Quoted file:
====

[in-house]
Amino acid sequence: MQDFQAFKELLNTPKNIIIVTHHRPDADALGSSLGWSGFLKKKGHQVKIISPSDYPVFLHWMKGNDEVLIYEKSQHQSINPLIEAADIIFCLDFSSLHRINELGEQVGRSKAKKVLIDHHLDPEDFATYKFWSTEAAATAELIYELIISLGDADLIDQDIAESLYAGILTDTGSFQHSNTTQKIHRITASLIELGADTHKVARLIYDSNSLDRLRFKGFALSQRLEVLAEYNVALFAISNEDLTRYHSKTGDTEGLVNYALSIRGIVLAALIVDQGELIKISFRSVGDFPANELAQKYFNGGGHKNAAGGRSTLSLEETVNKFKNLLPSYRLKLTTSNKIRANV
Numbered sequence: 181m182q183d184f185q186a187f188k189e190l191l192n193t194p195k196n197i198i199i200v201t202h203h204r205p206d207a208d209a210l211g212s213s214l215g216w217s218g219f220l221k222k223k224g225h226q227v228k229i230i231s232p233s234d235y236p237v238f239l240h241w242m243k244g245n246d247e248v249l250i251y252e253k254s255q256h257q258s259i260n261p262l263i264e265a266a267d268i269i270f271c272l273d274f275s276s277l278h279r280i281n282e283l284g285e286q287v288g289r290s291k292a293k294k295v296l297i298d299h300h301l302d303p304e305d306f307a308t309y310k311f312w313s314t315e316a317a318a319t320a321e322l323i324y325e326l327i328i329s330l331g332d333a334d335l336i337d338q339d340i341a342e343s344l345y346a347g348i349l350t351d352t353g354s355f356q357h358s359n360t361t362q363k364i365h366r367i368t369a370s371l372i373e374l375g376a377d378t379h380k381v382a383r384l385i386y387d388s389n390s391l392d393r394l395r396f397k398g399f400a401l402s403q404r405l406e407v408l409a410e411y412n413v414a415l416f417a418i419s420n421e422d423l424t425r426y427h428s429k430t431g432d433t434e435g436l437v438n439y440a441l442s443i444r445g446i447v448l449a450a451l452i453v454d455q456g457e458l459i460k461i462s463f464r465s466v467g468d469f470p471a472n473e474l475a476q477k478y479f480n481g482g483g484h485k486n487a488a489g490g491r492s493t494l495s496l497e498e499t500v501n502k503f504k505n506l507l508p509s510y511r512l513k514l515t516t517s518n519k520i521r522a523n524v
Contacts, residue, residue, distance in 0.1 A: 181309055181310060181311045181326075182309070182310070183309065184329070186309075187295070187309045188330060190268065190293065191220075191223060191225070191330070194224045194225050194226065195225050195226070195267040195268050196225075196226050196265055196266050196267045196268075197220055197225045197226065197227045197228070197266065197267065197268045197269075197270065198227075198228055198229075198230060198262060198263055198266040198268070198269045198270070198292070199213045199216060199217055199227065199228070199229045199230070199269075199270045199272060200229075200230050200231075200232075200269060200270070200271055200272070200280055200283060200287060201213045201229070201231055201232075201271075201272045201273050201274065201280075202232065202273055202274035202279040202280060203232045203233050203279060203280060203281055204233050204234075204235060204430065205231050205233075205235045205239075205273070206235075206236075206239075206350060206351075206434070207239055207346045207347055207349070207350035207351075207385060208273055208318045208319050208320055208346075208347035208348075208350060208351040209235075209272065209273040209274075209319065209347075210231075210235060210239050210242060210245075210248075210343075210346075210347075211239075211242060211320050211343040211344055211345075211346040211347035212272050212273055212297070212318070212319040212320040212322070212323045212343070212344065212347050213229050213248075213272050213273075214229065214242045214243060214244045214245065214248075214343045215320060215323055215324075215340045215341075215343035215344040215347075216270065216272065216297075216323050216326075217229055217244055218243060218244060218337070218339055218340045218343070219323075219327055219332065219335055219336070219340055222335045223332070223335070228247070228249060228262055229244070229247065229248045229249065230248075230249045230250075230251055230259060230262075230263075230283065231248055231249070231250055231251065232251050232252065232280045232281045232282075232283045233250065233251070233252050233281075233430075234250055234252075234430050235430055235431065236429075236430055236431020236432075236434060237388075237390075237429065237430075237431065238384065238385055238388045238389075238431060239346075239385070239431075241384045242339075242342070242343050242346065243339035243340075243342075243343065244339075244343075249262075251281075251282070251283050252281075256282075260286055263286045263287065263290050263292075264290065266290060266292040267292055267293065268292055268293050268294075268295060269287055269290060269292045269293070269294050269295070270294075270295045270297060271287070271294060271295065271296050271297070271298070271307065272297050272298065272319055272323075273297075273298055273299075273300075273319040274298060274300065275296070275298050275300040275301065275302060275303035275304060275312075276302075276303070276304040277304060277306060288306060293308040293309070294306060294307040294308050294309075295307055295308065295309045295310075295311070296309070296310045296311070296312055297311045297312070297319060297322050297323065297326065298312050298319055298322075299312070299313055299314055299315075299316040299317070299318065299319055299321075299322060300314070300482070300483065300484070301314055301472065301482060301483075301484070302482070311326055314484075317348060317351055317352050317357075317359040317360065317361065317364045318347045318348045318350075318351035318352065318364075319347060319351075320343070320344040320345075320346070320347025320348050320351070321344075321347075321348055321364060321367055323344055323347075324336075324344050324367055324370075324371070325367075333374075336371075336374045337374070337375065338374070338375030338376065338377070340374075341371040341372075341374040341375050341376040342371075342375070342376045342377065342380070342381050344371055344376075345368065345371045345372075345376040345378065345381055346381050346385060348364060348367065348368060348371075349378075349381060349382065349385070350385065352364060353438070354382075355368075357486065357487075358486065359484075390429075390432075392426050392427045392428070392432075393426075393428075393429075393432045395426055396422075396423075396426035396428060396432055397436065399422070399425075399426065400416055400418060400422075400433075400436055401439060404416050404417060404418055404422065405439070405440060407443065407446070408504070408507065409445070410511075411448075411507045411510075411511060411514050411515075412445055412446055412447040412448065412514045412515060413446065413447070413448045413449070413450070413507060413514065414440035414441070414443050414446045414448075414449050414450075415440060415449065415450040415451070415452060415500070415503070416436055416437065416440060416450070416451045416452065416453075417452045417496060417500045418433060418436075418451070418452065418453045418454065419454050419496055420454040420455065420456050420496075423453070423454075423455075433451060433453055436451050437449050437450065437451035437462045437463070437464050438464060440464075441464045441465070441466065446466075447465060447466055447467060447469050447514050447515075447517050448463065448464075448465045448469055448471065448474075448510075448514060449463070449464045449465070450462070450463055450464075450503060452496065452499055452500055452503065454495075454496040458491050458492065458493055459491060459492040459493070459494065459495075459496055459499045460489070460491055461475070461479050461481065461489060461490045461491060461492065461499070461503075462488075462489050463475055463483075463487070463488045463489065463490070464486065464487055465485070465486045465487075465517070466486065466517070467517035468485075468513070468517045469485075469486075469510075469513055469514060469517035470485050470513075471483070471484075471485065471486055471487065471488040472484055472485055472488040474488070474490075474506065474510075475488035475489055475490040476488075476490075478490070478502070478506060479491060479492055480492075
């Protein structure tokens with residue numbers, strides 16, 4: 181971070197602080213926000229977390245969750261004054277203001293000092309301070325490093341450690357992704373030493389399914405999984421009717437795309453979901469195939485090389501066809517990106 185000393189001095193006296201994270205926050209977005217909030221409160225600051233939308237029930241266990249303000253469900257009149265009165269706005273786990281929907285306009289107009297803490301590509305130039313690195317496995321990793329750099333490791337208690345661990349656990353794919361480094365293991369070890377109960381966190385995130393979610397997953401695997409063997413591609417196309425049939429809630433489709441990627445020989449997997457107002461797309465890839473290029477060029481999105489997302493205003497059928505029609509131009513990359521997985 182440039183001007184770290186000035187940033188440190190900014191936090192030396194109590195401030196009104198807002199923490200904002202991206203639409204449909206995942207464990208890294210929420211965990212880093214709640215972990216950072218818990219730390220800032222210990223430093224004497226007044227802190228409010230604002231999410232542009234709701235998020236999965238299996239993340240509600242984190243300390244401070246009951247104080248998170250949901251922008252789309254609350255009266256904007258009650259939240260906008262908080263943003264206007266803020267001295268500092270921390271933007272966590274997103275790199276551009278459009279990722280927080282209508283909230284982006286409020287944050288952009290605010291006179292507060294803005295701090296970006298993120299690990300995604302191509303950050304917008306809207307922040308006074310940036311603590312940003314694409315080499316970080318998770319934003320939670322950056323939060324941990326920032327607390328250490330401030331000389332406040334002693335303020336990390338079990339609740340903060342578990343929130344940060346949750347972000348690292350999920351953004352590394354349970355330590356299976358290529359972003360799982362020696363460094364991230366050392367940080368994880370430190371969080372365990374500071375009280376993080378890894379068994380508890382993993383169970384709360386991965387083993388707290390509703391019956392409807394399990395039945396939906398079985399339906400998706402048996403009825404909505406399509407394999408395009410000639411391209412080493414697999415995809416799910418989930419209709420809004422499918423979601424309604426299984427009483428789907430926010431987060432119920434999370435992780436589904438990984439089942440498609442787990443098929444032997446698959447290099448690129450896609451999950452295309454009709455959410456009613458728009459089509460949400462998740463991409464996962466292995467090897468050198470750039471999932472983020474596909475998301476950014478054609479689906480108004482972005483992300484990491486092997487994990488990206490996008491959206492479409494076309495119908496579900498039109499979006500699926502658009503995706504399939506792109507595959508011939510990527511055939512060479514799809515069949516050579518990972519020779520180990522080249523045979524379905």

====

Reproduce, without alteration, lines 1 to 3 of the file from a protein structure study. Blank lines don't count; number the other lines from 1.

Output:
[in-house]
Amino acid sequence: MQDFQAFKELLNTPKNIIIVTHHRPDADALGSSLGWSGFLKKKGHQVKIISPSDYPVFLHWMKGNDEVLIYEKSQHQSINPLIEAADIIFCLDFSSLHRINELGEQVGRSKAKKVLIDHHLDPEDFATYKFWSTEAAATAELIYELIISLGDADLIDQDIAESLYAGILTDTGSFQHSNTTQKIHRITASLIELGADTHKVARLIYDSNSLDRLRFKGFALSQRLEVLAEYNVALFAISNEDLTRYHSKTGDTEGLVNYALSIRGIVLAALIVDQGELIKISFRSVGDFPANELAQKYFNGGGHKNAAGGRSTLSLEETVNKFKNLLPSYRLKLTTSNKIRANV
Numbered sequence: 181m182q183d184f185q186a187f188k189e190l191l192n193t194p195k196n197i198i199i200v201t202h203h204r205p206d207a208d209a210l211g212s213s214l215g216w217s218g219f220l221k222k223k224g225h226q227v228k229i230i231s232p233s234d235y236p237v238f239l240h241w242m243k244g245n246d247e248v249l250i251y252e253k254s255q256h257q258s259i260n261p262l263i264e265a266a267d268i269i270f271c272l273d274f275s276s277l278h279r280i281n282e283l284g285e286q287v288g289r290s291k292a293k294k295v296l297i298d299h300h301l302d303p304e305d306f307a308t309y310k311f312w313s314t315e316a317a318a319t320a321e322l323i324y325e326l327i328i329s330l331g332d333a334d335l336i337d338q339d340i341a342e343s344l345y346a347g348i349l350t351d352t353g354s355f356q357h358s359n360t361t362q363k364i365h366r367i368t369a370s371l372i373e374l375g376a377d378t379h380k381v382a383r384l385i386y387d388s389n390s391l392d393r394l395r396f397k398g399f400a401l402s403q404r405l406e407v408l409a410e411y412n413v414a415l416f417a418i419s420n421e422d423l424t425r426y427h428s429k430t431g432d433t434e435g436l437v438n439y440a441l442s443i444r445g446i447v448l449a450a451l452i453v454d455q456g457e458l459i460k461i462s463f464r465s466v467g468d469f470p471a472n473e474l475a476q477k478y479f480n481g482g483g484h485k486n487a488a489g490g491r492s493t494l495s496l497e498e499t500v501n502k503f504k505n506l507l508p509s510y511r512l513k514l515t516t517s518n519k520i521r522a523n524v